So perhaps, after all, it is this sense of distant rumblings that Ethel is trying to convey most of all in her tender portrayal of the Czarina. The Romanovs enjoyed life, neglectful of the needs of the countrymen over which they ruled. They danced, they played, they swam, they sang, they took photographs of it all and they were beautiful. We are presented here with not still photographs but moving images of a misguided family, filled with unfailing religious fervor and blind trust, insensible not only to the dangers without but to the dangers within, trusting those who might intend to manipulate and possess. Their faith in Rasputin, a false visionary with his own brand of mysticism, a fantastical belief in the Russian people and an aged, ancient system, ultimately led to their downfall. The insularity of privilege and elitism is a dangerous perch upon which to build one’s nest. Here, the people in the street prevailed, if only for a time.
Rasputin and the Empress gives us a small glimpse, despite its historical inaccuracies, into a lost time. For that and for the view it gives us of the extraordinary Barrymore triumvirate, it is well-worth a view.
* If you’ve ever wondered about the inspiration for the uniforms in the Land of Oz look no further than the winter uniforms of Czarevitch Alexei and the Royal Guard as depicted here. Obviously MGM’s Wizard of Oz borrowed a little from this royal dynasty.
** Interestingly, the obligatory disclaimer disavowing “any resemblance to actual persons, living or dead, is purely coincidental” that we now see at the start of most releases is a result of these lawsuits with extended family.
Notes and Extras
In her autobiography Memories, Ethel Barrymore recalled an evening out during the filming of Rasputin:
I remember going to the “premiere” of a picture, the first one I had ever seen. This one in the middle of the depression was very different from those that I had heard and read about when the bystanders applauded the people who drive by them in big cars. This time there was no applause. The onlookers on the sidewalks were silent and sullen as people wearing furs and jewels rode by them in the big cars. It was a very uncomfortable experience.
Rasputin did not do well as the box-office. It lost more than one million dollars, and had cost more than two million to make. MGM general counsel J. Robert Rubin remarked “The damn thing stinks. Audiences won’t go near it”. Perhaps it was difficult for depression era audiences to feel sympathetic towards a wealthy privileged ruling family that was so obviously out of touch with the needs of the common people. Producing this film during the depths of the great depression may not have been the best timing. I can only imagine the audience confusion as to where their sympathies should lie.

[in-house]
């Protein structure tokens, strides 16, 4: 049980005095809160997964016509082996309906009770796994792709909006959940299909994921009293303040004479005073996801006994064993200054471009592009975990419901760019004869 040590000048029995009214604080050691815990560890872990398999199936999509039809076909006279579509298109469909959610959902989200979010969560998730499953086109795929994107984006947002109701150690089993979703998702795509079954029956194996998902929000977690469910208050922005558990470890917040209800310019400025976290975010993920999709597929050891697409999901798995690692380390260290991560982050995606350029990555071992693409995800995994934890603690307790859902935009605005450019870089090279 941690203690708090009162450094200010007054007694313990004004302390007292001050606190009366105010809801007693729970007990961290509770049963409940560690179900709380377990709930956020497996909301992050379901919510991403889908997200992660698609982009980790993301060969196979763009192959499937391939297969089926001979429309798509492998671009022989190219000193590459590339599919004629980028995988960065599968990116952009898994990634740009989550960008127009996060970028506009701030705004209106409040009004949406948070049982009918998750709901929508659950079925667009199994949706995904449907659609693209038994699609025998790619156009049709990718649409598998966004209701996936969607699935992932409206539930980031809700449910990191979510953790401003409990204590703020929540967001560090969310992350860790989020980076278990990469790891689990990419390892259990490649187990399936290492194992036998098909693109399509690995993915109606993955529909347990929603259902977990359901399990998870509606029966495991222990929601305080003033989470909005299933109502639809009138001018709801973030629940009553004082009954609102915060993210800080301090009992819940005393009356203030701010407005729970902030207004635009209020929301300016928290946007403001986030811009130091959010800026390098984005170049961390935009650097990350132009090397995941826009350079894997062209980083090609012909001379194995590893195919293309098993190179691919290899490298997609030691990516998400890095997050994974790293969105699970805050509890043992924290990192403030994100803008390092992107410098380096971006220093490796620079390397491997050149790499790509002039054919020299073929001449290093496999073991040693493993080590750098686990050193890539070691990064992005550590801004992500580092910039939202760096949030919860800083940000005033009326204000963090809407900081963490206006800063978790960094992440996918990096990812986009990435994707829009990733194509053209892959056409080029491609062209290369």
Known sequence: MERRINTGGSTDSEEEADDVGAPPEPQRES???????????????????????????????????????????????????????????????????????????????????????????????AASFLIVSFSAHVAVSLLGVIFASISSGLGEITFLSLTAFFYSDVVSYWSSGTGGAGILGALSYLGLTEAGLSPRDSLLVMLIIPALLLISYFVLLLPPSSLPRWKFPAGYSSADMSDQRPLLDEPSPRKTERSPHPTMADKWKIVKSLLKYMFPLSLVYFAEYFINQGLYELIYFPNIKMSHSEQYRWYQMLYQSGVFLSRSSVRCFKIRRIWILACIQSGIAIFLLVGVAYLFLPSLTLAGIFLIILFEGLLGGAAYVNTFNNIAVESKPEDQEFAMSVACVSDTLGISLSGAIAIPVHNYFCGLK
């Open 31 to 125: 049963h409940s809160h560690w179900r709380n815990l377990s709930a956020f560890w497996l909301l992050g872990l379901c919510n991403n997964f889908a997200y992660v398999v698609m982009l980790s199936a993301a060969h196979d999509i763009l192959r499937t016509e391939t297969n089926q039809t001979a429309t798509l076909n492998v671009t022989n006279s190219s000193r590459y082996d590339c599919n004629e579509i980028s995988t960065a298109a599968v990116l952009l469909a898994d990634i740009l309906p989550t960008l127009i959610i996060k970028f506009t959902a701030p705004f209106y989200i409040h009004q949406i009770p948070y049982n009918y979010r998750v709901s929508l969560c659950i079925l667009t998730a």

The history and background drama surrounding the Romanovs, the making of the film and the Barrymore family are actually more interesting than the movie. If you would like to explore further:
- Pre-Code.com does a great job of providing some historical background and further thoughts about the movie and its comedic undertones. He takes a look at the imbalances in the film, while acknowledging the fun of seeing these three chew the scenery.
- Meanwhile Aurora at Once Upon a Screen beautifully describes Ethel’s relationship with her brothers, family dynamics and more about her impressions of the film. Her lovely words inspired me to promptly get my hands on a copy of Memories.
- If you are a Royalphile or just fascinated by those romantic Romanovs, The Romanov Family Album by Marilyn Pfeiffer Swezey is filled with vintage photographs of a lost time and place. Reminiscent of seeing vestiges of the Titanic or remains from Pompeii, it’s a book I have treasured for years for its glimpse into a world that is gone forever.
- Prince Yusupov actually had a hand in the killing of Rasputin. While he didn’t seem to mind that detail in the film he did apparently object to the inference that his wife had been raped by Rasputin (apparently she had never even met him), resulting in much editing and more hinting at shame than anything else. Ethel had intimidated that the extended royal family, now living primarily in France, might object to this plot development but once she returned to New York, MGM proceeded with the story-line that would ultimately lead to lawsuits and a very expensive out of court settlement.
- MGM’s fantastic in-house Art Director Cedric Gibbons was beautifully assisted by the Russian-born Alexander Toluboff, who had studied Russian architecture in St. Petersburg. Toluboff went on to three nominations for Art Direction, all in the latter 1930’s.
- This film marks not only Diana Wynard’s film debut but the first in her newly signed contract with MGM.